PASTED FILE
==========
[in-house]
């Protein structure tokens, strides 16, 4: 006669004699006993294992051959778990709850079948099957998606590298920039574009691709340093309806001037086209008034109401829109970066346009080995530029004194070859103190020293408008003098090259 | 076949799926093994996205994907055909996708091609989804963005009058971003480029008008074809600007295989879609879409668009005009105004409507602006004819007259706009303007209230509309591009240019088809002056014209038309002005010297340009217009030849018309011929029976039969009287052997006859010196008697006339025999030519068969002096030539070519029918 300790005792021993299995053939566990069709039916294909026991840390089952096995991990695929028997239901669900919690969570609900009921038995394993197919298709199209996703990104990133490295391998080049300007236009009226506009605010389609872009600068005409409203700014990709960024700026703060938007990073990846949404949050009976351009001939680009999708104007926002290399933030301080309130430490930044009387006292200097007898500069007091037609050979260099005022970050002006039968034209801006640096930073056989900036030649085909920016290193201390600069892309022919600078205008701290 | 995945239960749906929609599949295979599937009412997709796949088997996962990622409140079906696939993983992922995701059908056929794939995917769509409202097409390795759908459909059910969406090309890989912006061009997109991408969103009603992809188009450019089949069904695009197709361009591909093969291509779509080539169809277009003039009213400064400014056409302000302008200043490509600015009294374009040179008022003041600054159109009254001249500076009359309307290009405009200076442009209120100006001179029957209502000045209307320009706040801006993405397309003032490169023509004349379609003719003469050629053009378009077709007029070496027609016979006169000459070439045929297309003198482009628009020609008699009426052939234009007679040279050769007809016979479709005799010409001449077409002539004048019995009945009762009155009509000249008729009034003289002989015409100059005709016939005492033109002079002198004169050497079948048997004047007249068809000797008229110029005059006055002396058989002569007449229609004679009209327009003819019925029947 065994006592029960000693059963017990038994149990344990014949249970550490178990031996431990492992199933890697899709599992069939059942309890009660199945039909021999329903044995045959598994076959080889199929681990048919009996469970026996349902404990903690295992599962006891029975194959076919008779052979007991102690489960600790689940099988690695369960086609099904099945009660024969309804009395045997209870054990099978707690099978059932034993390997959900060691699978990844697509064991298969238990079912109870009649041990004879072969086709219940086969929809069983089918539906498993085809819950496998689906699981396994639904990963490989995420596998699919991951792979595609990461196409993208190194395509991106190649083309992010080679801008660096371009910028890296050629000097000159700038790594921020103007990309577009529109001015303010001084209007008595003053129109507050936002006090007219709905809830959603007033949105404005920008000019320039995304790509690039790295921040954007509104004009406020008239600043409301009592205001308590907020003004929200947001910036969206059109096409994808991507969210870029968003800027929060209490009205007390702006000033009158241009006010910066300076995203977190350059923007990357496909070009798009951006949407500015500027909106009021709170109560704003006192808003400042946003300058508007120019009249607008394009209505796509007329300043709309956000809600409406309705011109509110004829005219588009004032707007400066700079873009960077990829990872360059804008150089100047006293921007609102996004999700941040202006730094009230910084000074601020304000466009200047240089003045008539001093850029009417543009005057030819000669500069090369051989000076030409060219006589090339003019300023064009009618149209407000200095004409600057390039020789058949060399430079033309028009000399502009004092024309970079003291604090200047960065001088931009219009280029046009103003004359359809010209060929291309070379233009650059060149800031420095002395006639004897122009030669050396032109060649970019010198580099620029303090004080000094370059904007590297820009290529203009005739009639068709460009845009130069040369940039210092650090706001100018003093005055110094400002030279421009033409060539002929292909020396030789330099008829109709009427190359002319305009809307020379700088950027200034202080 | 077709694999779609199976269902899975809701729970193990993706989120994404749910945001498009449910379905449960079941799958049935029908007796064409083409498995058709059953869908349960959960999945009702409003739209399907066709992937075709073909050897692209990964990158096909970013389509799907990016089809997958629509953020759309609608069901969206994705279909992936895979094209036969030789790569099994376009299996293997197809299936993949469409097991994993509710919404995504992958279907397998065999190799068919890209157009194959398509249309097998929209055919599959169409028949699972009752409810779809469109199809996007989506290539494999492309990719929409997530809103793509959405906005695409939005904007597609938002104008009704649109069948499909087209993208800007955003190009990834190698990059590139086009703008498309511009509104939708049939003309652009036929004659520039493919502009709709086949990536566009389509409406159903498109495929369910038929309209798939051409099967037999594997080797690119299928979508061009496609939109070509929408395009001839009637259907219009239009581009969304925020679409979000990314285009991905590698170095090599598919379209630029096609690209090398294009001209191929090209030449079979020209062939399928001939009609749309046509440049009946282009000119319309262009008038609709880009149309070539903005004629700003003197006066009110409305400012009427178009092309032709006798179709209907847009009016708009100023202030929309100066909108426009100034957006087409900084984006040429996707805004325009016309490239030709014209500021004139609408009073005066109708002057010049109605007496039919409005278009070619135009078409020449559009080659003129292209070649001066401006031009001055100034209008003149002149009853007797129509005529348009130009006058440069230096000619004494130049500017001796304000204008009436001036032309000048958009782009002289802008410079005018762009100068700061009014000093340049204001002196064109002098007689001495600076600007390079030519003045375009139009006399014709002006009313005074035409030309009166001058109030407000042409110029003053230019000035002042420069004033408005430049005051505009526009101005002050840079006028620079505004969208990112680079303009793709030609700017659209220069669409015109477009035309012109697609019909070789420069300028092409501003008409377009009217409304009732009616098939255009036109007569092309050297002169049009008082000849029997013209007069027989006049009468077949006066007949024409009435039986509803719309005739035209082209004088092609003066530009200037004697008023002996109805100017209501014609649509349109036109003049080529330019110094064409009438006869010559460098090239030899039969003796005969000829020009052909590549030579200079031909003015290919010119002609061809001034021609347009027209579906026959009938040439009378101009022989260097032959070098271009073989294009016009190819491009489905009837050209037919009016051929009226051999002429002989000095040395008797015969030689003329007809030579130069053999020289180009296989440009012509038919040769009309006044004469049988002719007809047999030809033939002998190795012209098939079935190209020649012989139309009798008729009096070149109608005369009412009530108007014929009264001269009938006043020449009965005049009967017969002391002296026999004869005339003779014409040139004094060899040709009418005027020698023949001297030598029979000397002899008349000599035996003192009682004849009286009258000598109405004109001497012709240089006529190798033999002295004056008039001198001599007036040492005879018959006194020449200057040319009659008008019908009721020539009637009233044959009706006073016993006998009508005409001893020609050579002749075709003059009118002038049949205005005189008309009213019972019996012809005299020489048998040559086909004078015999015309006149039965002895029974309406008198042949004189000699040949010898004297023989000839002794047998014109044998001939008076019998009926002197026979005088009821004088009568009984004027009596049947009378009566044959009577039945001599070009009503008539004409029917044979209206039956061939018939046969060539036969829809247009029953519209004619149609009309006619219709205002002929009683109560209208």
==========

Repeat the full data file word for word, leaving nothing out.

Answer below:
[in-house]
């Protein structure tokens, strides 16, 4: 006669004699006993294992051959778990709850079948099957998606590298920039574009691709340093309806001037086209008034109401829109970066346009080995530029004194070859103190020293408008003098090259 | 076949799926093994996205994907055909996708091609989804963005009058971003480029008008074809600007295989879609879409668009005009105004409507602006004819007259706009303007209230509309591009240019088809002056014209038309002005010297340009217009030849018309011929029976039969009287052997006859010196008697006339025999030519068969002096030539070519029918 300790005792021993299995053939566990069709039916294909026991840390089952096995991990695929028997239901669900919690969570609900009921038995394993197919298709199209996703990104990133490295391998080049300007236009009226506009605010389609872009600068005409409203700014990709960024700026703060938007990073990846949404949050009976351009001939680009999708104007926002290399933030301080309130430490930044009387006292200097007898500069007091037609050979260099005022970050002006039968034209801006640096930073056989900036030649085909920016290193201390600069892309022919600078205008701290 | 995945239960749906929609599949295979599937009412997709796949088997996962990622409140079906696939993983992922995701059908056929794939995917769509409202097409390795759908459909059910969406090309890989912006061009997109991408969103009603992809188009450019089949069904695009197709361009591909093969291509779509080539169809277009003039009213400064400014056409302000302008200043490509600015009294374009040179008022003041600054159109009254001249500076009359309307290009405009200076442009209120100006001179029957209502000045209307320009706040801006993405397309003032490169023509004349379609003719003469050629053009378009077709007029070496027609016979006169000459070439045929297309003198482009628009020609008699009426052939234009007679040279050769007809016979479709005799010409001449077409002539004048019995009945009762009155009509000249008729009034003289002989015409100059005709016939005492033109002079002198004169050497079948048997004047007249068809000797008229110029005059006055002396058989002569007449229609004679009209327009003819019925029947 065994006592029960000693059963017990038994149990344990014949249970550490178990031996431990492992199933890697899709599992069939059942309890009660199945039909021999329903044995045959598994076959080889199929681990048919009996469970026996349902404990903690295992599962006891029975194959076919008779052979007991102690489960600790689940099988690695369960086609099904099945009660024969309804009395045997209870054990099978707690099978059932034993390997959900060691699978990844697509064991298969238990079912109870009649041990004879072969086709219940086969929809069983089918539906498993085809819950496998689906699981396994639904990963490989995420596998699919991951792979595609990461196409993208190194395509991106190649083309992010080679801008660096371009910028890296050629000097000159700038790594921020103007990309577009529109001015303010001084209007008595003053129109507050936002006090007219709905809830959603007033949105404005920008000019320039995304790509690039790295921040954007509104004009406020008239600043409301009592205001308590907020003004929200947001910036969206059109096409994808991507969210870029968003800027929060209490009205007390702006000033009158241009006010910066300076995203977190350059923007990357496909070009798009951006949407500015500027909106009021709170109560704003006192808003400042946003300058508007120019009249607008394009209505796509007329300043709309956000809600409406309705011109509110004829005219588009004032707007400066700079873009960077990829990872360059804008150089100047006293921007609102996004999700941040202006730094009230910084000074601020304000466009200047240089003045008539001093850029009417543009005057030819000669500069090369051989000076030409060219006589090339003019300023064009009618149209407000200095004409600057390039020789058949060399430079033309028009000399502009004092024309970079003291604090200047960065001088931009219009280029046009103003004359359809010209060929291309070379233009650059060149800031420095002395006639004897122009030669050396032109060649970019010198580099620029303090004080000094370059904007590297820009290529203009005739009639068709460009845009130069040369940039210092650090706001100018003093005055110094400002030279421009033409060539002929292909020396030789330099008829109709009427190359002319305009809307020379700088950027200034202080 | 077709694999779609199976269902899975809701729970193990993706989120994404749910945001498009449910379905449960079941799958049935029908007796064409083409498995058709059953869908349960959960999945009702409003739209399907066709992937075709073909050897692209990964990158096909970013389509799907990016089809997958629509953020759309609608069901969206994705279909992936895979094209036969030789790569099994376009299996293997197809299936993949469409097991994993509710919404995504992958279907397998065999190799068919890209157009194959398509249309097998929209055919599959169409028949699972009752409810779809469109199809996007989506290539494999492309990719929409997530809103793509959405906005695409939005904007597609938002104008009704649109069948499909087209993208800007955003190009990834190698990059590139086009703008498309511009509104939708049939003309652009036929004659520039493919502009709709086949990536566009389509409406159903498109495929369910038929309209798939051409099967037999594997080797690119299928979508061009496609939109070509929408395009001839009637259907219009239009581009969304925020679409979000990314285009991905590698170095090599598919379209630029096609690209090398294009001209191929090209030449079979020209062939399928001939009609749309046509440049009946282009000119319309262009008038609709880009149309070539903005004629700003003197006066009110409305400012009427178009092309032709006798179709209907847009009016708009100023202030929309100066909108426009100034957006087409900084984006040429996707805004325009016309490239030709014209500021004139609408009073005066109708002057010049109605007496039919409005278009070619135009078409020449559009080659003129292209070649001066401006031009001055100034209008003149002149009853007797129509005529348009130009006058440069230096000619004494130049500017001796304000204008009436001036032309000048958009782009002289802008410079005018762009100068700061009014000093340049204001002196064109002098007689001495600076600007390079030519003045375009139009006399014709002006009313005074035409030309009166001058109030407000042409110029003053230019000035002042420069004033408005430049005051505009526009101005002050840079006028620079505004969208990112680079303009793709030609700017659209220069669409015109477009035309012109697609019909070789420069300028092409501003008409377009009217409304009732009616098939255009036109007569092309050297002169049009008082000849029997013209007069027989006049009468077949006066007949024409009435039986509803719309005739035209082209004088092609003066530009200037004697008023002996109805100017209501014609649509349109036109003049080529330019110094064409009438006869010559460098090239030899039969003796005969000829020009052909590549030579200079031909003015290919010119002609061809001034021609347009027209579906026959009938040439009378101009022989260097032959070098271009073989294009016009190819491009489905009837050209037919009016051929009226051999002429002989000095040395008797015969030689003329007809030579130069053999020289180009296989440009012509038919040769009309006044004469049988002719007809047999030809033939002998190795012209098939079935190209020649012989139309009798008729009096070149109608005369009412009530108007014929009264001269009938006043020449009965005049009967017969002391002296026999004869005339003779014409040139004094060899040709009418005027020698023949001297030598029979000397002899008349000599035996003192009682004849009286009258000598109405004109001497012709240089006529190798033999002295004056008039001198001599007036040492005879018959006194020449200057040319009659008008019908009721020539009637009233044959009706006073016993006998009508005409001893020609050579002749075709003059009118002038049949205005005189008309009213019972019996012809005299020489048998040559086909004078015999015309006149039965002895029974309406008198042949004189000699040949010898004297023989000839002794047998014109044998001939008076019998009926002197026979005088009821004088009568009984004027009596049947009378009566044959009577039945001599070009009503008539004409029917044979209206039956061939018939046969060539036969829809247009029953519209004619149609009309006619219709205002002929009683109560209208």